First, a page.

Andrew Bates reports on Cosford's Airshow 2008, held on 1 June. Pictures by the author and Kieran Lear
The first day of 'flaming' June saw the annual Cosford airshow treated to some fairly typical UK summer weather with a complete blanket of low grey cloud that remained stubbornly anchored over the airfield all day. With a cloud base stuck at two thousand feet and a disappointingly chilly temperature more suited to late autumn, it would have been no surprise if some people had stayed at home. However, this did not deter Cosford's loyal and ever eager regulars with an estimated fifty thousand plus piling through the gates, consequently ensuring the customary sight of cars parked as far as the eye could see. As a regular on the UK airshow calendar, Cosford has always proved to be an extremely popular event, to the extent of attaining the status of largest single-day attraction in the Midlands. So, no surprise then that this year was no exception.
The task of opening the afternoon's schedule of entertainment fell to (no pun intended) the RAF Falcons Parachute Display team who, for a change, were utilising the services of a Chinook HC2 rather than their customary Hercules as the C-130 fleet was heavily tasked with other commitments that particular weekend. Thanks to the low cloudbase, the team was almost thwarted from displaying at all but after two or three passes overhead their perseverance was rewarded with a brief window of opportunity and a gap in the cloud sufficient enough to allow them to proceed - well done team!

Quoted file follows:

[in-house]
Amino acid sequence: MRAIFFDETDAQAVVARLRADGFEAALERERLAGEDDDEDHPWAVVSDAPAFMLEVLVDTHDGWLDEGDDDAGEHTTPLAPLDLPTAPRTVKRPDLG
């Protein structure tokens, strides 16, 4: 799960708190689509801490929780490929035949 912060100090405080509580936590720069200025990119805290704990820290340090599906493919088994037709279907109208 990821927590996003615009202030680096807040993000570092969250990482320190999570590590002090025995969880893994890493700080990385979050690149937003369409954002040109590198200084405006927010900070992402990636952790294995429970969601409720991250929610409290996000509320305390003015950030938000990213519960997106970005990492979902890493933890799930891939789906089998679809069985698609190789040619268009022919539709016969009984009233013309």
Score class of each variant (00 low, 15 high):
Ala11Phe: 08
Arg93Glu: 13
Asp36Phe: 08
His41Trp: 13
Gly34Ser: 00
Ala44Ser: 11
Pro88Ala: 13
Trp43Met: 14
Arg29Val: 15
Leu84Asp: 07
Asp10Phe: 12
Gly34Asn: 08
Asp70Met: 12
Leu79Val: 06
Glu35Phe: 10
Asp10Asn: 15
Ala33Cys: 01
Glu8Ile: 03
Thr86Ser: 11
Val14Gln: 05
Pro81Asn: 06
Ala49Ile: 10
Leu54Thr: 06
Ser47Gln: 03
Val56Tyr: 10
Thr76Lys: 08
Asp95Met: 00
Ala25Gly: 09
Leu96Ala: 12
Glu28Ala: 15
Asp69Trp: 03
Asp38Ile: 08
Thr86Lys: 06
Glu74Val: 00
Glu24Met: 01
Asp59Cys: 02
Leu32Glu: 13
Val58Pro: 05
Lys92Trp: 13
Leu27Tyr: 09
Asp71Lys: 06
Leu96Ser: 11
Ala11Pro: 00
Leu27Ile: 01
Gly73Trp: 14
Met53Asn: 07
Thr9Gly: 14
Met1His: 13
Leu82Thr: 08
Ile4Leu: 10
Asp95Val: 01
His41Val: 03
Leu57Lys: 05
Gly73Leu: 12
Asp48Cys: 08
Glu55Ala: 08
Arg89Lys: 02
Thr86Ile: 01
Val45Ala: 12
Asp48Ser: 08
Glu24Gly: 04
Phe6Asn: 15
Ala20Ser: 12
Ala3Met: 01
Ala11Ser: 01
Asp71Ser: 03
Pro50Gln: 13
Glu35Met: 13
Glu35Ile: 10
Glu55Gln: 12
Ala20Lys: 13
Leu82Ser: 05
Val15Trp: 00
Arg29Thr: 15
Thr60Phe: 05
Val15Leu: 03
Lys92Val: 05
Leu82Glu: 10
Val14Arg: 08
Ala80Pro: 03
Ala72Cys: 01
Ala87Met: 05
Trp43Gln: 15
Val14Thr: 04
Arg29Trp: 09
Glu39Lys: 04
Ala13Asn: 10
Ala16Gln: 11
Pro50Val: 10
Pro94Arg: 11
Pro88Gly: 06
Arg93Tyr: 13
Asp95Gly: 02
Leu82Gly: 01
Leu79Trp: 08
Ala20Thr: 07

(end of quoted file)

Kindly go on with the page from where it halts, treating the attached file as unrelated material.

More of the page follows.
The first fixed-wing display of the day was provided by the Great War Display Team with their mixture of 'old' British and German First World War replica aircraft. In this ninetieth anniversary year for the RAF it was quite fitting to see these types cavorting around the skies and giving the audience a brief glimpse of typical RAF operations way back in 1918. As always, the final outcome of the display was fairly predictable and after a number of mock dogfights the 'dreaded Hun' was given a damned good thrashing as he limped off trailing smoke.
Continuing the anniversary theme, but a bit further along the timeline, perennial Cosford favourites the BBMF Lancaster, Spitfire and Hurricane were once again a popular choice for many of those present. These were nicely complemented by a trio of privately owned warbirds from the same era, consisting of Peter Teichman's P-51D Mustang, Peter Vacher's Hurricane I and the recently refurbished Spitfire Ia AR213/G-AIST, flown by Jonathon Whaley. This early example of Spitfire, normally based at Booker, has been a bit reclusive in recent years, so it was great to see it flying again, especially in the company of a Hurricane.
The post-war history of the RAF was represented by a display of the immaculate Vampire T11 from the Vampire Preservation Group, whilst a short time later saw the duo of Gnat T1 and Hunter T7 from the Delta Jets stable. Whilst not representative of the RAF, from the same era came the beautiful Sea Hawk FGA6 from the Royal Navy Historic Flight.